At the turn of the seventh century, modern-day Scotland was known as the Kingdom of Alba and was a Gaelic-speaking region. However, the Anglo-Saxon language was introduced to the area by the Angles in the seventh century, who settled in the Northumbrian region of England and the adjoining southeast corner of the country they called Scotia or Scotland. Despite this incursion, Gaelic remained the predominant language of Scotland for several more centuries. Then, during his twenty-five year reign over Scotland, King Malcolm III (reigned 1058-93) decided to reform the structure of his monarchy along the lines of the stronger and more efficient Anglo-Norman system. The reforms were a success in terms of Scotland’s political and economic strength, and resulted in the introduction of a number of legal and bureaucratic words from Anglo-Saxon into the vernacular language, such as craft, guild, alderman, toll and gate (McClure 5). Gradually, the business sphere became more and more infused with aspects of Old English. Around the same time, William the Conqueror’s triumph at Hastings prompted a significant number of Old English speakers to flee to Scotland, and before the end of Malcolm’s reign, Old English had established a strong foothold in the region. King David I (reigned 1124-53) continued Malcolm’s program of administrative reform and introduced a network of English-speaking centers of trade, or burghs, which cemented a foundation for the development of a distinctive branch of Anglo-Saxon across southeast, or Lowland, Scotland (Gaelic remained the language of choice in the northwest, or Highland, region of Scotland for several more centuries) (McCrum et al 142). Scotland’s distance from the socio-cultural centres of England, as well as the unique Gaelic and Scandinavian influences on the region, allowed the Anglo-Saxon language to evolve along different lines in Scotland than it did in the more southern parts of England, and so Scots was born (McClure 3-7)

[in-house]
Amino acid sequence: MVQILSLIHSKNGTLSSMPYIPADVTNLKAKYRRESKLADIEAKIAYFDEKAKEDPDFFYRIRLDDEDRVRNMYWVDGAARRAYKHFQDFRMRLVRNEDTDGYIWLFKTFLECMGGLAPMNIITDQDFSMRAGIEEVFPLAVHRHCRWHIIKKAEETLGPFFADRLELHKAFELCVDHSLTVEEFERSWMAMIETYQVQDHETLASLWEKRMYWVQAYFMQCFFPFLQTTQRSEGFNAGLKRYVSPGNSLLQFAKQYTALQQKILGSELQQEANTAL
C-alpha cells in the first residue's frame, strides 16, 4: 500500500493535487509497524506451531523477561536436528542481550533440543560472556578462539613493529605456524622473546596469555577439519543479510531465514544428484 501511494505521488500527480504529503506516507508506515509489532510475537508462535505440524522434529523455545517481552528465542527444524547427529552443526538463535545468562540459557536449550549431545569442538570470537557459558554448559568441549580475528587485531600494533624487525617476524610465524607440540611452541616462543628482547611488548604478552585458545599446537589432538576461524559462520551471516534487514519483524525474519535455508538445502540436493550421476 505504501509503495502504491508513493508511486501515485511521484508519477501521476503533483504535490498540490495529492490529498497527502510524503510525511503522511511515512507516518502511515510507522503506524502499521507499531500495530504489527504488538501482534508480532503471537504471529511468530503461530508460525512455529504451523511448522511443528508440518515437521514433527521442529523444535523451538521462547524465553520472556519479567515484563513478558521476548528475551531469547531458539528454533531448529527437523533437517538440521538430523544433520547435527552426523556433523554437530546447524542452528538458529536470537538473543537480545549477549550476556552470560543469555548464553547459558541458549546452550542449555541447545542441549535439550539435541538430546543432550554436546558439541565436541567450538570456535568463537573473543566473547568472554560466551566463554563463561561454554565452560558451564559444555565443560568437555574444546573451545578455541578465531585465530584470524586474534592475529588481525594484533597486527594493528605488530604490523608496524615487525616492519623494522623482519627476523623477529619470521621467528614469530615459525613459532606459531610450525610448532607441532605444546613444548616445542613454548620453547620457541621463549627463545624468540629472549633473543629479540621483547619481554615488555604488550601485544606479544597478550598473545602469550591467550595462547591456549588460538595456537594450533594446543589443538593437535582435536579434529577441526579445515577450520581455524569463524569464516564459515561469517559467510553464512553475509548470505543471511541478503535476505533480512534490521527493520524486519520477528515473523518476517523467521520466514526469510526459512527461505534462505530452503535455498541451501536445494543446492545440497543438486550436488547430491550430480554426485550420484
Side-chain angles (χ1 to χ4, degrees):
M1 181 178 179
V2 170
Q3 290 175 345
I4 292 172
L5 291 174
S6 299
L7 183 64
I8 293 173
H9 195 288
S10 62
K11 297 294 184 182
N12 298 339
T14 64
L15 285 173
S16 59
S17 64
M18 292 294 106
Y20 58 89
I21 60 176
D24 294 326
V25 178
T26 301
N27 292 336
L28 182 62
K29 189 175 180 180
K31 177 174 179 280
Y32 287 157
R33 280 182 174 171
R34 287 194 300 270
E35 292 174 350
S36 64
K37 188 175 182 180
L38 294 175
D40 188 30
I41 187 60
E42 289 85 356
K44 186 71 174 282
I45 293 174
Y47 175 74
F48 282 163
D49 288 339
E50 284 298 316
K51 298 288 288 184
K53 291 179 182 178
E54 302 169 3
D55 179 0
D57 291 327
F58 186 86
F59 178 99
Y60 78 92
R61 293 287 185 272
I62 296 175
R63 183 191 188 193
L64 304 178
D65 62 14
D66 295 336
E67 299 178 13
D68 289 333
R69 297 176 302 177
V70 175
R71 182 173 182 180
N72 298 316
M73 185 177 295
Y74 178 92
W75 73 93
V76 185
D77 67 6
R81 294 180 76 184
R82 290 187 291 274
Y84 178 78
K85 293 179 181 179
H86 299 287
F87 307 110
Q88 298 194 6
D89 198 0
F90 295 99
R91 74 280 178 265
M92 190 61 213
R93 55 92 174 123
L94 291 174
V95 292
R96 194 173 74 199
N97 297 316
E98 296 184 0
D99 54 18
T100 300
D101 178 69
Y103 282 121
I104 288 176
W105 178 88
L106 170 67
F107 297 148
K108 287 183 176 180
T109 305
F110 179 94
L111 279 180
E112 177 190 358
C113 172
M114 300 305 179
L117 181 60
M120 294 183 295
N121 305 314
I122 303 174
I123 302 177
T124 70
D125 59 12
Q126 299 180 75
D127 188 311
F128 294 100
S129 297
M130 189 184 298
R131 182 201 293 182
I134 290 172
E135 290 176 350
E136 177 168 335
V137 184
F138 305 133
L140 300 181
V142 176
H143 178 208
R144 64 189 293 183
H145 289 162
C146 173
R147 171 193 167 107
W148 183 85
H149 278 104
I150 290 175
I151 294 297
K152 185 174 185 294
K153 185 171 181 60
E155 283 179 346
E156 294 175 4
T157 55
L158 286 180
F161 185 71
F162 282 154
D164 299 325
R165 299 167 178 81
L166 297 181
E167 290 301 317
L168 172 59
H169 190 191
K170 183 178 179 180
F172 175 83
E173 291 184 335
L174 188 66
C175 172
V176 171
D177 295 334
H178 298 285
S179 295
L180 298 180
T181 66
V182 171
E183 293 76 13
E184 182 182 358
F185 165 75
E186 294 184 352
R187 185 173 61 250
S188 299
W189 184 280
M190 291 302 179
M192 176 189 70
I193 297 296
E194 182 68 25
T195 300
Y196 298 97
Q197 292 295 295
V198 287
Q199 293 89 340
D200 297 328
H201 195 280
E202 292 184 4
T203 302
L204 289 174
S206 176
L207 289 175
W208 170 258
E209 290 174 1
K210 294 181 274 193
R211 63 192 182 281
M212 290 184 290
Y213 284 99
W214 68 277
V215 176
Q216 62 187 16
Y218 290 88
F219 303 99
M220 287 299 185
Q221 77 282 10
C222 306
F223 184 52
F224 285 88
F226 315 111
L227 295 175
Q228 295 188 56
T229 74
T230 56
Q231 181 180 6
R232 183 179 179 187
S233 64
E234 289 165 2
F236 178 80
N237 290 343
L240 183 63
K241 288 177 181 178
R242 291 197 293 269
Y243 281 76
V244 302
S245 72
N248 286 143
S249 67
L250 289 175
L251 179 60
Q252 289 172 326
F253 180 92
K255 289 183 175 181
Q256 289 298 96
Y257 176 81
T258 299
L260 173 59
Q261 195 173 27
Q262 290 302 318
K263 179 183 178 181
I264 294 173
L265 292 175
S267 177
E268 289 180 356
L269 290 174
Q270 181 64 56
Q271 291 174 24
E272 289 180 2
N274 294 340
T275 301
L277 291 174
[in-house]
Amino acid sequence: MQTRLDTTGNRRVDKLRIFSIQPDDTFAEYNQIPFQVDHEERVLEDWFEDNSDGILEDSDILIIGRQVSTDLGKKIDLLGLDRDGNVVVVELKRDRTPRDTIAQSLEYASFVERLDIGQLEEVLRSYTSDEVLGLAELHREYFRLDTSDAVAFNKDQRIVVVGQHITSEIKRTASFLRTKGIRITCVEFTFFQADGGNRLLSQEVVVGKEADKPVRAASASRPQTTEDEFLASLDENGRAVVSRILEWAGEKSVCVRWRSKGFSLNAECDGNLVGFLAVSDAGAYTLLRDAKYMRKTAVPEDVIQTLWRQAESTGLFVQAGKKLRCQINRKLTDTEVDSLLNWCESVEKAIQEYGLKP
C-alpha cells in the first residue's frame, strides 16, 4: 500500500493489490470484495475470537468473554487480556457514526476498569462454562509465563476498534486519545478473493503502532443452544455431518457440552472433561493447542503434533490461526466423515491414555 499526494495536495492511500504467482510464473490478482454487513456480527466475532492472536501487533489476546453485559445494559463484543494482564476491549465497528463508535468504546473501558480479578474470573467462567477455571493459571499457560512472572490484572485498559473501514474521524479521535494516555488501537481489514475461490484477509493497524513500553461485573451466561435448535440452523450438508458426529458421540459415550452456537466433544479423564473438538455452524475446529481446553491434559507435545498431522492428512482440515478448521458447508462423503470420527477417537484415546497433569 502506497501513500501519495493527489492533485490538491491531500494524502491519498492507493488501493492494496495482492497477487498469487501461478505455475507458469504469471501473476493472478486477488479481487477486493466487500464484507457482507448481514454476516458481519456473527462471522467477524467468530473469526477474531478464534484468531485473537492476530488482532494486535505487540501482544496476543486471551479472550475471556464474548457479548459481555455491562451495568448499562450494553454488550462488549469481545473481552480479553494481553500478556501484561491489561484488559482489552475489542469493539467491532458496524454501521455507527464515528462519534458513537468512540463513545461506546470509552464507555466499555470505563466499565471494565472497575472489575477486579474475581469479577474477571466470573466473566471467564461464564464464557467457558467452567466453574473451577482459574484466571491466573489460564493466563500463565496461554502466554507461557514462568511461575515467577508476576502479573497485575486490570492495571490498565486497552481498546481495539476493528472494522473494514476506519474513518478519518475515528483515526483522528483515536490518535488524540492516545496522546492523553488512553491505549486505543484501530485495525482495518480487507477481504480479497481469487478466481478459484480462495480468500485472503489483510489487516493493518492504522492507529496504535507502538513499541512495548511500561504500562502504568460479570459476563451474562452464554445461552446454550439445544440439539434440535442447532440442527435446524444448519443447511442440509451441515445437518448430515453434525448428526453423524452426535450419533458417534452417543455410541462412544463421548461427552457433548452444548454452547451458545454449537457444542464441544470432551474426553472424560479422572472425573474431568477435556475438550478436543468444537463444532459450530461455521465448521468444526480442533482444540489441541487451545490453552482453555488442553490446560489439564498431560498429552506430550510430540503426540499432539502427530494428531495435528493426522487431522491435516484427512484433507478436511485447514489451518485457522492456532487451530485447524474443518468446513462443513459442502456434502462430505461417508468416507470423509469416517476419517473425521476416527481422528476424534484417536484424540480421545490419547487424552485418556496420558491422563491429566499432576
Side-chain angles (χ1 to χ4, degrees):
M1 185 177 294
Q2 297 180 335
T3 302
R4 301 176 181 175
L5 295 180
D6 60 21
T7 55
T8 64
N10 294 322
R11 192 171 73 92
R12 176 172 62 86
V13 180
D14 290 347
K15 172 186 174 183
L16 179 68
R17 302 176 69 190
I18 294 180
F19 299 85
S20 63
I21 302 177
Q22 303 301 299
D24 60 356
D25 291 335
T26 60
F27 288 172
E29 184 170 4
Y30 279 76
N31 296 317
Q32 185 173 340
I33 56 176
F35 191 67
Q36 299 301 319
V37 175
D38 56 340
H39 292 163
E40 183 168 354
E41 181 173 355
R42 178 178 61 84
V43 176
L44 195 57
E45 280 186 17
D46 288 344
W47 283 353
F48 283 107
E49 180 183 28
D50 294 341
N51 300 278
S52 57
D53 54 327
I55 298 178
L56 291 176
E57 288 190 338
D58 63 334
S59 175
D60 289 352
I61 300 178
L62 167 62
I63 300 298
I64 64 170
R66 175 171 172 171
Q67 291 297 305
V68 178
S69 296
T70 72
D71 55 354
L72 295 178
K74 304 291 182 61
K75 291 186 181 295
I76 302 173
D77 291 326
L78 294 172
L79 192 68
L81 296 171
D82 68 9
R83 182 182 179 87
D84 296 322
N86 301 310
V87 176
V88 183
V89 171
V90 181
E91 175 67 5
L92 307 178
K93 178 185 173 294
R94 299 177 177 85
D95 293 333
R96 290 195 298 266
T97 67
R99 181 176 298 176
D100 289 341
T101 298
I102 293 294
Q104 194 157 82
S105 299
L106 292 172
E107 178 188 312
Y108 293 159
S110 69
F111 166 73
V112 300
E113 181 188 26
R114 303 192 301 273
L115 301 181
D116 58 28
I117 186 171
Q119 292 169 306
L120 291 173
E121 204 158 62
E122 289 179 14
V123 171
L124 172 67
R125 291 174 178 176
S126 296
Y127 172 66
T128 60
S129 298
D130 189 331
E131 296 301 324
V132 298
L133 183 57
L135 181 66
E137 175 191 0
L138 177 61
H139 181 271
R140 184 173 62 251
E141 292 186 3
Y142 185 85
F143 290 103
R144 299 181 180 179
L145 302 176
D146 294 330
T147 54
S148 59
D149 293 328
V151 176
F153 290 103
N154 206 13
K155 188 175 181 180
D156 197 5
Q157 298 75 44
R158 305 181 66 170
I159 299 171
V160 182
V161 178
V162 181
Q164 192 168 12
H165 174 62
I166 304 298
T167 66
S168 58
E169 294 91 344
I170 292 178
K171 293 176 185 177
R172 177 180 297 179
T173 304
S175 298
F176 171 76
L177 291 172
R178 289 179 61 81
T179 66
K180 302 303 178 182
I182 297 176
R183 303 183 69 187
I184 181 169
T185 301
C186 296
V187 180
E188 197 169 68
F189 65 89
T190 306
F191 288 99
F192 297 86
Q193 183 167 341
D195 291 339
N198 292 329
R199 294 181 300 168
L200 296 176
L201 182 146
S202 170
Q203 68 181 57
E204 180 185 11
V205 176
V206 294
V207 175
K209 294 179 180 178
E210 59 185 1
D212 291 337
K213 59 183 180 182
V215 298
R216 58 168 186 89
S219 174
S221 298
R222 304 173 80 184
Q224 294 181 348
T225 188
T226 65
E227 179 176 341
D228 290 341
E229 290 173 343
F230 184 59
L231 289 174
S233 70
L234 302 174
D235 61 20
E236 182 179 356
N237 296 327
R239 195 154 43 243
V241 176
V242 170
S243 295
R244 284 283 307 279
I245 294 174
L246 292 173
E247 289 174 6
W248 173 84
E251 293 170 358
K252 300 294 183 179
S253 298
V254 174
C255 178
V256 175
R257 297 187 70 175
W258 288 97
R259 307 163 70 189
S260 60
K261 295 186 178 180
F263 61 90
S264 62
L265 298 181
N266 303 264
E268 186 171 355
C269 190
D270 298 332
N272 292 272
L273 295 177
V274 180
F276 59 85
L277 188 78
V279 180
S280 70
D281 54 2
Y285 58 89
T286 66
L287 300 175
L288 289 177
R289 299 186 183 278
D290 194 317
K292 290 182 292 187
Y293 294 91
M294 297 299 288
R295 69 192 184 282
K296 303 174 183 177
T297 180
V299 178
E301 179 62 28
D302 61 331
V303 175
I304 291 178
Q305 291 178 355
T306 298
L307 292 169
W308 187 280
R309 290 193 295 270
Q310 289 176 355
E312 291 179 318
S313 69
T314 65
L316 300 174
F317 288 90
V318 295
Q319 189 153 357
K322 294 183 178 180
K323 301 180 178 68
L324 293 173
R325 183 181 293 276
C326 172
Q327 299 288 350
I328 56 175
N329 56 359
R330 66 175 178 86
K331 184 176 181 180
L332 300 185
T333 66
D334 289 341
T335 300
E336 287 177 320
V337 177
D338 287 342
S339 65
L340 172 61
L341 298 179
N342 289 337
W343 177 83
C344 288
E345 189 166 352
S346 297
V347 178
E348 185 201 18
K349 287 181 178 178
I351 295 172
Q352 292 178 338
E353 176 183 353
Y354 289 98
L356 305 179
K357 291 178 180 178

The Modern Scots of today can generally be differentiated from Older Scots, the language form that existed from 1100 to 1700. Older Scots can be further divided into four more-or-less distinctive forms: Pre-literary Scots covers the period from 1100 to 1375, when the earliest extant literary text in Scots – the Brus – was written by John Barbour. Early Scots extends from 1375 to 1450, after which a number of phonological and syntactical changes distinguish a form of the language known as early Middle Scots, which existed from 1450 to 1550. Late Middle Scots, marked by increasing anglicization, encompasses the period from 1550 to 1700 (McAfee 10).